I send my dispatch today from under the sunny(ish) skies of Ensenada, Mexico. There's an annual craft beer festival down here that has grown to become one of the more important dates on the annual calendar. Over a hundred breweries will be pouring beer on Saturday and as a lead-up there is a series of talks and lectures from I think largely academic types (I met a researcher last night). I got one of the golden tickets to speak, along with the very famous but elusive John Palmer, whose guide to homebrewing remains stubbornly atop the best seller lists in beer, despite my efforts.
The phrase "craft beer" is probably useful here--at least for awhile. The two large beer conglomerates have even more control over the Mexican market than the bigs ever had in the US, and small breweries are fighting an uphill battle. They seem to have adopted the US model of brewing (down to styles), and at the moment seem like a discrete category separate from the Coronas and Tecates and Pacificos.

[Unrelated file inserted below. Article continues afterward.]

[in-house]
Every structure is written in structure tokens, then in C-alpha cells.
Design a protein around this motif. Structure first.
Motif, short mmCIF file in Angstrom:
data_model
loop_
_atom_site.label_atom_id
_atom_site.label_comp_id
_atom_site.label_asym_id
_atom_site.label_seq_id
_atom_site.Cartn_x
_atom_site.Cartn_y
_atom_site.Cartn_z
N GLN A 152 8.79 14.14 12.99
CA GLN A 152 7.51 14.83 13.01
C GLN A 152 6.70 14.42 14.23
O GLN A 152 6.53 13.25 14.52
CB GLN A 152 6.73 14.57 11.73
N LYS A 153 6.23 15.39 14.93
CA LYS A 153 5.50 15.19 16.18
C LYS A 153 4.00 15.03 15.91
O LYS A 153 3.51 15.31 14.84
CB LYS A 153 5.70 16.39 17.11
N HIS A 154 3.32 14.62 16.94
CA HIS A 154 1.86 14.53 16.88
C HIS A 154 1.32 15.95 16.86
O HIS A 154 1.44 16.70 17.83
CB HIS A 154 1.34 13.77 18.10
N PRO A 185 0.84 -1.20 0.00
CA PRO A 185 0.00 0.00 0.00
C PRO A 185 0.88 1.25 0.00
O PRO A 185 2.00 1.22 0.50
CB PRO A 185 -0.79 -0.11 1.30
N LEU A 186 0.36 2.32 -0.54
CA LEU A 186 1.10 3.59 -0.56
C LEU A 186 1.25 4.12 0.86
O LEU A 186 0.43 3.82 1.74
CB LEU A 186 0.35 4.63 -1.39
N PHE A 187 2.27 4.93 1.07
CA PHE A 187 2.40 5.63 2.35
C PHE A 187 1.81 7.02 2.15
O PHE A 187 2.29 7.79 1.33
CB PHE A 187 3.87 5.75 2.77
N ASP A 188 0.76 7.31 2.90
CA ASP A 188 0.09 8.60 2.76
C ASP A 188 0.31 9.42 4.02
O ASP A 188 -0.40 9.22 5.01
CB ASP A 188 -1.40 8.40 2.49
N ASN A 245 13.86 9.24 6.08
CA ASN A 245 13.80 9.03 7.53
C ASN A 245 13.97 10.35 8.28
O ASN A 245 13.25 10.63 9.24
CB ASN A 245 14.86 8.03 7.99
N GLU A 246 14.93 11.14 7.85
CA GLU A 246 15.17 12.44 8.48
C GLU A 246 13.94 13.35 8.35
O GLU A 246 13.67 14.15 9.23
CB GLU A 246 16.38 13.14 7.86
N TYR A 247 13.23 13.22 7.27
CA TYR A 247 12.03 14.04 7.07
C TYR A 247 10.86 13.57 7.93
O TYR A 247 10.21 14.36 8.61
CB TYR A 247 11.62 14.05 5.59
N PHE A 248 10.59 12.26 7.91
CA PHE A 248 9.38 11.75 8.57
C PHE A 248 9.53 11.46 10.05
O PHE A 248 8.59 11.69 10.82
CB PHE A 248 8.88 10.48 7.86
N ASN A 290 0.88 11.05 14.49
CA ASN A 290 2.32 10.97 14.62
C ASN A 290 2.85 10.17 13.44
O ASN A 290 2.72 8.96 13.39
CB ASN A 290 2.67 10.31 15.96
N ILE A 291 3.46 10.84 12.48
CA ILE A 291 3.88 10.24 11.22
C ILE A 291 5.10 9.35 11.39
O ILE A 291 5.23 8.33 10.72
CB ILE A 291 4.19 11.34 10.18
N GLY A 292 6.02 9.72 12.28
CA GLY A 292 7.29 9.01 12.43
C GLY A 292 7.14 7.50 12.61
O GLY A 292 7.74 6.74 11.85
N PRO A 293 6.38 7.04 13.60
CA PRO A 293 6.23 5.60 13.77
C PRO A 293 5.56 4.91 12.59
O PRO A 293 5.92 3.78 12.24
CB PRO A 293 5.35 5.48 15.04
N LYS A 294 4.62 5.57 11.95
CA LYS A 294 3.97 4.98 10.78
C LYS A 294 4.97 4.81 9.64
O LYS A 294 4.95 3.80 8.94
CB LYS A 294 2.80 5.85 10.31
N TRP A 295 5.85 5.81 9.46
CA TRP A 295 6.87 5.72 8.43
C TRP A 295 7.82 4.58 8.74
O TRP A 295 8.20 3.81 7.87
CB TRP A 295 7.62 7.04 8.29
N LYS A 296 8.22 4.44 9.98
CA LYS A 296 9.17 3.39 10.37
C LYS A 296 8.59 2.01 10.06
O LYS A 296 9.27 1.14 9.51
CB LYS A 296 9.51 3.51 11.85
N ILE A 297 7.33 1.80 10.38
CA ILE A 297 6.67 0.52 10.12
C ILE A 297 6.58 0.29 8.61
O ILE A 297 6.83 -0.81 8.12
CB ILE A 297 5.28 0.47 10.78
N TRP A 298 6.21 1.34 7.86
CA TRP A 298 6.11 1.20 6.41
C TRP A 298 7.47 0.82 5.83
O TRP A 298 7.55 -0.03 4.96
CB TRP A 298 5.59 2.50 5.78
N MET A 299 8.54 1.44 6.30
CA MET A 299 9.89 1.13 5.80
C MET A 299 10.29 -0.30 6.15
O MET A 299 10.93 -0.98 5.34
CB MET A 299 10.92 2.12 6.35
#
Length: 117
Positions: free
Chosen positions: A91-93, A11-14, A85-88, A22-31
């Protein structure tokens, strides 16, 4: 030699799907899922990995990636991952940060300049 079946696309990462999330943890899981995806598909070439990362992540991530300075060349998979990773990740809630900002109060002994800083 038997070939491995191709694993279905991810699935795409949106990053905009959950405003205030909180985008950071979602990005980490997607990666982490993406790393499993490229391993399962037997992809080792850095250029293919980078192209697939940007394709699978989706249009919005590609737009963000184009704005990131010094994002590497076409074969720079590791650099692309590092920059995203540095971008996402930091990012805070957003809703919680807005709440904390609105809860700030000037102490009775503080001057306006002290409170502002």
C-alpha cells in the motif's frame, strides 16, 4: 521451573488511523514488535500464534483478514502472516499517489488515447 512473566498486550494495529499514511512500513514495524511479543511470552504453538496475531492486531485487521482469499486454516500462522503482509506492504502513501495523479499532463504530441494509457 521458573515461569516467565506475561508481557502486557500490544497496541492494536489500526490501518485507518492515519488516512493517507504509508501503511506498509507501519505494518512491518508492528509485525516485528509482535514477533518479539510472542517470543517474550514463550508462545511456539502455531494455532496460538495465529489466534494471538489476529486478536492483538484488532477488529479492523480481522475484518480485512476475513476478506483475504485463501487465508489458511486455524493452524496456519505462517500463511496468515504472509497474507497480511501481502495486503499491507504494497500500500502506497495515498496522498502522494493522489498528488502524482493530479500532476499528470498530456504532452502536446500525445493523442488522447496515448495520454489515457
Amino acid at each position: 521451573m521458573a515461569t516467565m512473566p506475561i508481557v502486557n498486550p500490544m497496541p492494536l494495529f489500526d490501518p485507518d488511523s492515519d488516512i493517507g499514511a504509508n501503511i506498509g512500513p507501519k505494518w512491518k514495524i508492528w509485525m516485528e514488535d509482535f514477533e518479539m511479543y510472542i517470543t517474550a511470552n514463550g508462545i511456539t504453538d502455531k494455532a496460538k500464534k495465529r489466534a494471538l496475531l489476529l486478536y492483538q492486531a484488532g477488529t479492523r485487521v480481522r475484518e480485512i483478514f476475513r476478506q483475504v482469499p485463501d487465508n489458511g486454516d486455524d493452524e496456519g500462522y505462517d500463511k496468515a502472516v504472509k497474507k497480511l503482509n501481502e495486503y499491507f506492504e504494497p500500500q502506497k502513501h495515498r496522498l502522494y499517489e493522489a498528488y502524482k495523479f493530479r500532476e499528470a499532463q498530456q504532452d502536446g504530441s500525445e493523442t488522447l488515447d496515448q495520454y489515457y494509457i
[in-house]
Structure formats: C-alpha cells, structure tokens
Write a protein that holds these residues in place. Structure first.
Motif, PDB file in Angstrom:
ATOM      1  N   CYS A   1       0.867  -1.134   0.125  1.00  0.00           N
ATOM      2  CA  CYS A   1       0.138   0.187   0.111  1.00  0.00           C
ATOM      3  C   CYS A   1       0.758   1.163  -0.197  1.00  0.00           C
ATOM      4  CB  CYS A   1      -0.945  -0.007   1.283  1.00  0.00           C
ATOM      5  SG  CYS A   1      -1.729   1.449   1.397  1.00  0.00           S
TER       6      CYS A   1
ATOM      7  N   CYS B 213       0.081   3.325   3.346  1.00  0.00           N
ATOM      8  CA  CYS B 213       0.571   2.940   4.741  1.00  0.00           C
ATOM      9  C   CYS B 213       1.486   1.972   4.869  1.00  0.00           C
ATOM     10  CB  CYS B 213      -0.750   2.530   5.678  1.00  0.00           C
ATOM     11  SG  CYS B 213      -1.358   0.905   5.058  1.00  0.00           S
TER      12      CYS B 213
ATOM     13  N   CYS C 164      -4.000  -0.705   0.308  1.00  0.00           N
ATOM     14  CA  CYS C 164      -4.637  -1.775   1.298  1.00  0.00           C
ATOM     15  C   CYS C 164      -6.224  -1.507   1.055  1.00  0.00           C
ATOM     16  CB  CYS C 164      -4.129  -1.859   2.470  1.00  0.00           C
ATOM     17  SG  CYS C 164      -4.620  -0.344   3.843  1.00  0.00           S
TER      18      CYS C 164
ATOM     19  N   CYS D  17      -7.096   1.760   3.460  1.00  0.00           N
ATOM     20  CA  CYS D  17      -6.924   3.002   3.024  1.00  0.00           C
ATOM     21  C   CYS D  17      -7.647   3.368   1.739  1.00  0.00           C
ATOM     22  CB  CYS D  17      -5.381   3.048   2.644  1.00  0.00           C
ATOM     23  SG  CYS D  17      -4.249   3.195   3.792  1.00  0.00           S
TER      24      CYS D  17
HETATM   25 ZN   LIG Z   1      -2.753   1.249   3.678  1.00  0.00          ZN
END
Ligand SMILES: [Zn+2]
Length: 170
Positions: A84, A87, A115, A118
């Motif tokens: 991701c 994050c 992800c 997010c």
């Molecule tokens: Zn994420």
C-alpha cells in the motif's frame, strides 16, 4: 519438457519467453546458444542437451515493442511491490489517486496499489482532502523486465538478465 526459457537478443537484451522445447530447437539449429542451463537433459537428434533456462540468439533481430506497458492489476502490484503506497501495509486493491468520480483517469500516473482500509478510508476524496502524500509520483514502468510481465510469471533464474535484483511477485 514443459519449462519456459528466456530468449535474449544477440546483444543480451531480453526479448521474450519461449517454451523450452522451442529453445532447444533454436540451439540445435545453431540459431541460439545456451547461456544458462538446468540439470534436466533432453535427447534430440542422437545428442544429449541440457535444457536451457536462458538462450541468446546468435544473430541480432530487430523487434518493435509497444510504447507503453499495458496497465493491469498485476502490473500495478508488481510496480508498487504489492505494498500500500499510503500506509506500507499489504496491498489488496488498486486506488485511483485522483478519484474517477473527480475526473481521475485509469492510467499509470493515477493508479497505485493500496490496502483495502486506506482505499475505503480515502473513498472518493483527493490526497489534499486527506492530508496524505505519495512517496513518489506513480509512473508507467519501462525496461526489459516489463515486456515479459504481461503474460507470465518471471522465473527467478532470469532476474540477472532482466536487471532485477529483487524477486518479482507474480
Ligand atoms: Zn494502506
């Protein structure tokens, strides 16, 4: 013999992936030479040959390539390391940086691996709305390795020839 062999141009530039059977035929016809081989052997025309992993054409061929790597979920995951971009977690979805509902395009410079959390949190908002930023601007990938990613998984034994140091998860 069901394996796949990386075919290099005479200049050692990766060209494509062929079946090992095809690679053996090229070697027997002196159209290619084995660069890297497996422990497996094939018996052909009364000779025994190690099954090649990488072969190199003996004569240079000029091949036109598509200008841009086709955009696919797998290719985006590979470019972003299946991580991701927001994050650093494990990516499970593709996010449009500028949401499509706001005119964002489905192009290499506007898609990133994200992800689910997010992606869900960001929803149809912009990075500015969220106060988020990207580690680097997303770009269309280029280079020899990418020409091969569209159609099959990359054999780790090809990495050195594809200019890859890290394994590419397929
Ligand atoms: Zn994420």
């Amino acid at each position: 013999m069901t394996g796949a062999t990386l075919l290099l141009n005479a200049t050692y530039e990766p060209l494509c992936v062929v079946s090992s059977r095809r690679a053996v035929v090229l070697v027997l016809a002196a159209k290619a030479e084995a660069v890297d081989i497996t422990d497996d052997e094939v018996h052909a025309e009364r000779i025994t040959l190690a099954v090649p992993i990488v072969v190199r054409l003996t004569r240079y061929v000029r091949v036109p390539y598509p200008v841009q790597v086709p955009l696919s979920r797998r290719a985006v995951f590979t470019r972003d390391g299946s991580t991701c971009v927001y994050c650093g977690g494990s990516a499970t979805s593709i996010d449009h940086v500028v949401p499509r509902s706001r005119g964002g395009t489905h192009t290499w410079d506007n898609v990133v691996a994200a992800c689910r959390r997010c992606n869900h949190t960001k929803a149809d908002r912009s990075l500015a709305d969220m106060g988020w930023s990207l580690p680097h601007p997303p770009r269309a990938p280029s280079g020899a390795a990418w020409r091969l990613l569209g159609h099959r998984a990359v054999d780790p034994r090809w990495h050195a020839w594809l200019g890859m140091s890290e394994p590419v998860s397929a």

Things are still quite new, though, and from what I can gather they're getting organized to make the laws more favorable. I jumped at the chance to come because I am remarkably ignorant our our neighbor's beer. I'll be here through Sunday, attempting to absorb as much as I can about the breweries, beer culture, beer styles (but yes, IPAs do seem to be prominent), and business in Mexico. I'll try to bird-dog the trends and see if I can find any nascent Mexican expressions that might be steering the development of distinctive, native beer styles. And I'll definitely try to sit down with at least one Mexican brewer for the podcast.
Updates as I have time, and a full report in due course.
|Carlos Macklis (R) of Norte Brewing in Tijuana,|
with his head brewer.